Driver's license/ID

Should you stop driving?

Retiring from Driving

retiring from driving photo

For many, driving is a rite of passage that provides freedom and independence to get out and about, keep in contact with family and friends, and enables us to maintain our quality of life. One of the best ways of making sure we are able to keep driving for as long as possible is to keep our driving skills and knowledge up to date. As we age, we may experience physical or cognitive changes that affect our driving. It’s important to recognize these changes and utilize resources and advice on how to adapt if your driving is changing as you get older so you can keep driving safely for as long as possible.

The time may come when it is simply no longer possible for you to continue to drive safely, and for your own sake, and the sake of other people on the road, you must stop driving, and consider alternative ways to get where you need to go.

If you carry on driving when you are no longer safe to do so, you are putting yourself and other people (your passengers, pedestrians, cyclists, motorcyclists and people in other vehicles) at risk.

Retiring from driving does not have to mean that you will lose your freedom and mobility, as there are many alternatives to driving. If you no longer use your car very much, it may make good financial sense to give it up and use the money you save for other ways of getting around.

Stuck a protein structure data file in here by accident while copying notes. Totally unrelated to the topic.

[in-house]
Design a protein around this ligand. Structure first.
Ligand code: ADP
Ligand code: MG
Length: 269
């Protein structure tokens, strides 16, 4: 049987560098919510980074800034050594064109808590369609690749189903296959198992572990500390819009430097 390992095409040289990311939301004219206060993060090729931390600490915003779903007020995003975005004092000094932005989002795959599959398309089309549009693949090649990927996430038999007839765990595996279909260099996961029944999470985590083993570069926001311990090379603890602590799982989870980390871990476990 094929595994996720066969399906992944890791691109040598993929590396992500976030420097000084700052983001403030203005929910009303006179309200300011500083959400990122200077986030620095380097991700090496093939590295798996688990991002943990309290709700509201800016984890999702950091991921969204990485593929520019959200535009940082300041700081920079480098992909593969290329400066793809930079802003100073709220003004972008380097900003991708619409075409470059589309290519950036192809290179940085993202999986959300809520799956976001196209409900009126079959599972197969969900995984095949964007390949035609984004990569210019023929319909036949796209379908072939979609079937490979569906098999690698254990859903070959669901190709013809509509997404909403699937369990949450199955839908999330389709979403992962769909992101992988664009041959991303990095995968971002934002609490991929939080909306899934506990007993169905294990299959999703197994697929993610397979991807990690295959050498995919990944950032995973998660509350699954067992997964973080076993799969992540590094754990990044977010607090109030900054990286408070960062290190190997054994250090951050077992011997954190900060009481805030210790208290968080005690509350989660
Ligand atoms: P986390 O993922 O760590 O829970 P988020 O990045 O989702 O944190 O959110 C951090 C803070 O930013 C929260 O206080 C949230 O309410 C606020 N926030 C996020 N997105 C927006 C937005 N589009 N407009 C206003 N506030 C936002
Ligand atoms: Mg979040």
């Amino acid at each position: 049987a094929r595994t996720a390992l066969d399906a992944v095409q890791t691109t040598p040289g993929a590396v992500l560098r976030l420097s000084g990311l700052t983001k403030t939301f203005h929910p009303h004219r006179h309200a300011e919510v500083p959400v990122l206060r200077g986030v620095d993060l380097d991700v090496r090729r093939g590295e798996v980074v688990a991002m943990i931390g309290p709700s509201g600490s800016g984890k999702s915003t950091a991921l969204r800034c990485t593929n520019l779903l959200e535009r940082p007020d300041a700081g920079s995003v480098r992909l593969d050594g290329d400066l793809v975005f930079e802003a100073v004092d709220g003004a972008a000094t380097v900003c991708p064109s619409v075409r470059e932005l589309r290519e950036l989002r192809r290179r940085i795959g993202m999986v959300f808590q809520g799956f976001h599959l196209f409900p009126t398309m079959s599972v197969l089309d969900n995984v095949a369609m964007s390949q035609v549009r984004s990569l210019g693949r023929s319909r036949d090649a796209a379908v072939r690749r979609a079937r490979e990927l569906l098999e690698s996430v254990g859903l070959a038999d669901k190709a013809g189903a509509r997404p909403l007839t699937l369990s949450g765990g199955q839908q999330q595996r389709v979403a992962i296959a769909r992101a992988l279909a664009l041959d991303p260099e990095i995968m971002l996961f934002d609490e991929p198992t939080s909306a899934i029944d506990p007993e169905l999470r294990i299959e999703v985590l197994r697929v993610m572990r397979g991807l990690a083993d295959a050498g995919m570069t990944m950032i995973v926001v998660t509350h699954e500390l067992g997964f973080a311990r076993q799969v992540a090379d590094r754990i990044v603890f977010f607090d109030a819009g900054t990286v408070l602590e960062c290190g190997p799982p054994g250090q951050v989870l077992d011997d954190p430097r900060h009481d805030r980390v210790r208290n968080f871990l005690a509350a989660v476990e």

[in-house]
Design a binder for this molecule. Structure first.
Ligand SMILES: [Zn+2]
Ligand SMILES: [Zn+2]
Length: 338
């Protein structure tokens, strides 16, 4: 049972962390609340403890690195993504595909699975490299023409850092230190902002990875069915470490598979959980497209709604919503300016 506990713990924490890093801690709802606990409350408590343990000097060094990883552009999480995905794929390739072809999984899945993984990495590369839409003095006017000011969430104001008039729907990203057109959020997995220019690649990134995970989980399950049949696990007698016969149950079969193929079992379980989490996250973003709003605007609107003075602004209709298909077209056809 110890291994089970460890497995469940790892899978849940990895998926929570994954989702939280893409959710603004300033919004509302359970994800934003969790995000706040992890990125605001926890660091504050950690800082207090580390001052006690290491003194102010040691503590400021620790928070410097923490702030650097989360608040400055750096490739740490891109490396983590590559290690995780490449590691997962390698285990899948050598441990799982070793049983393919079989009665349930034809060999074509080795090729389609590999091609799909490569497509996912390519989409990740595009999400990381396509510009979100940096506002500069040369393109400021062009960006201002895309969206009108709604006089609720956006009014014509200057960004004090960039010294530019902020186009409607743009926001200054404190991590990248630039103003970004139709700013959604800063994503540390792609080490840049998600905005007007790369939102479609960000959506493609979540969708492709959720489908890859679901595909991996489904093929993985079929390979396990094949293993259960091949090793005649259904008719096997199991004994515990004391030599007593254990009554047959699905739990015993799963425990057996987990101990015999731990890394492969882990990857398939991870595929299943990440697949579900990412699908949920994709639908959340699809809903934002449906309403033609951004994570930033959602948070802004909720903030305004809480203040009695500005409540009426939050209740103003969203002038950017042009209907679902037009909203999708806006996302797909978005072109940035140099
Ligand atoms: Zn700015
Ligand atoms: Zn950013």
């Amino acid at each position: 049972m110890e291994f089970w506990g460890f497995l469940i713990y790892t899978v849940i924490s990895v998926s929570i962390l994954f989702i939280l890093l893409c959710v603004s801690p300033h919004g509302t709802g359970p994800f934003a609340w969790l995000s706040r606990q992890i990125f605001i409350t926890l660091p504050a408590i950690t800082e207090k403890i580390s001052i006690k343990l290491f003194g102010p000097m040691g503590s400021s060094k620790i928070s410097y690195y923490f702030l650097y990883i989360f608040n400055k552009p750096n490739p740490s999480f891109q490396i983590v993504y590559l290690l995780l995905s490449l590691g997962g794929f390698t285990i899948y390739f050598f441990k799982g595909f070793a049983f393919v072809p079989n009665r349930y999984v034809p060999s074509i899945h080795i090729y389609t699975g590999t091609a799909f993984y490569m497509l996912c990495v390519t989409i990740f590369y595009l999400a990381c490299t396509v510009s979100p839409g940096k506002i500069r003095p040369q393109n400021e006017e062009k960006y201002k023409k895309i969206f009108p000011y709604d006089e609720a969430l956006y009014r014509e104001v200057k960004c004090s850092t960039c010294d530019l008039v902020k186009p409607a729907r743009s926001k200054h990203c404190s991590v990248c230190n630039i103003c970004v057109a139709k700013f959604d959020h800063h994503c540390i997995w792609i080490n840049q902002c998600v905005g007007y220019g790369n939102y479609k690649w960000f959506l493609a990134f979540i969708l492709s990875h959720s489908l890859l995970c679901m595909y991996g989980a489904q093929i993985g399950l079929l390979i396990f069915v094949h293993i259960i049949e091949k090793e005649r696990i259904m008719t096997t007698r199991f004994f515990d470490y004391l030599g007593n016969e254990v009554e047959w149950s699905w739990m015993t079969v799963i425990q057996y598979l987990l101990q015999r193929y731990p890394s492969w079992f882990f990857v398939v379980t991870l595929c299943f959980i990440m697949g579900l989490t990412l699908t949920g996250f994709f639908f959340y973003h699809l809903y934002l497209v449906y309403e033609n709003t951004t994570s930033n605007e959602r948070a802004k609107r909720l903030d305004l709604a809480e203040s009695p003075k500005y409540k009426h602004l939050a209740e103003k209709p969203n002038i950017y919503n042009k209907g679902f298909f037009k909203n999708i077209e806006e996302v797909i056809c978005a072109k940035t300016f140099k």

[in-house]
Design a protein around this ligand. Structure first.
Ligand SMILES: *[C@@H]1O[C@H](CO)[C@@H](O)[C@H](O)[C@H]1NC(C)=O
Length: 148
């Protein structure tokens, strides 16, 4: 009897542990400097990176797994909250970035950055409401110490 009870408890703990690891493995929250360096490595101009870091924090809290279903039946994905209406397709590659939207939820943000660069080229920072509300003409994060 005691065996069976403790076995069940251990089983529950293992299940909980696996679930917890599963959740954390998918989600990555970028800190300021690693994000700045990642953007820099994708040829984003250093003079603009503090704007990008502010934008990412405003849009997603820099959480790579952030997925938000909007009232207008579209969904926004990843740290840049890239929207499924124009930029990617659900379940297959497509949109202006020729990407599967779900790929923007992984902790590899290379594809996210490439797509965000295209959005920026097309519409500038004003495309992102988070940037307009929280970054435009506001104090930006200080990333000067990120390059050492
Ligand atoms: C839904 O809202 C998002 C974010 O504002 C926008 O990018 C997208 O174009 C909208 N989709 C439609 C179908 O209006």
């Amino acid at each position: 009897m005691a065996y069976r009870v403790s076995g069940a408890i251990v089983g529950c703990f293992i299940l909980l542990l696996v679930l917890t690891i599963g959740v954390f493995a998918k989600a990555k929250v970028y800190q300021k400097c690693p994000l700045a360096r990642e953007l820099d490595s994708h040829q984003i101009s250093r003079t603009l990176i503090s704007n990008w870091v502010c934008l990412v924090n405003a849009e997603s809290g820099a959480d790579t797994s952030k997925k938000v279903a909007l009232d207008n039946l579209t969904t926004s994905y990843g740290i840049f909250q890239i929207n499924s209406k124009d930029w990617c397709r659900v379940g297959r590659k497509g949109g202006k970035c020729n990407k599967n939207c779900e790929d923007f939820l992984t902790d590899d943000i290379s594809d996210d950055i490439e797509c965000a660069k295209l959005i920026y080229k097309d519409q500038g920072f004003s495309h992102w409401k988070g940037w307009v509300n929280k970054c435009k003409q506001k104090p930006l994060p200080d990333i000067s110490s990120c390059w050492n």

Below are some conversation starters, tools, and resources to help you cope with changes in driving, safety, and retiring from driving. We've also included some resources to help loved ones have these sensitive conversations with family members.

COPING WITH CHANGES IN YOUR DRIVING

As we age, we may start to notice changes in our driving ability. Stay ahead by proactively changing when and where you drive to help compensate for these new changes. If you find yourself in this situation, here are some helpful tips and resources you may find useful:

  • Avoid certain driving situations, times and routes (for example, in-town vs. interstate driving) that you find more difficult and stressful. For many, this typically includes avoiding driving:
    • At night
    • During rush hour
    • Through high-volume, busy intersections and routes (including congested areas like school drop-off and pick-up zones)
    • On certain types of roads (for example, interstate and highway driving)
    • During shift changes at local factories or in congested areas
  • Allow more time to get where you need to go, so you can drive safely, at a slightly reduced speed, and not feel rushed.
  • Reduce the amount of driving by using convenient, personalized alternative transportation options like friends or family, public transit, buses, taxis, and more.
  • Consider taking regular driving assessments, refresher training like the AARP Smart Driver Refresher Course, or attending events to help you continue to drive safely, for as long as possible.
  • Learn from your mistakes and near misses. Think about situations you found difficult and what you could have done differently to minimize the likelihood of a re-occurrence.
  • Change or adapt your car to make your driving easier and safer. We’ve made this easier than ever by offering CarFit opportunities throughout the state. CarFit was developed by the American Association on Aging in collaboration with the AARP, American Occupational Therapy Association, and AAA. Program events are designed to provide a quick but comprehensive check of how well you and your vehicle work together. A trained professional will ask you simple questions and complete a 12-point CarFit checklist.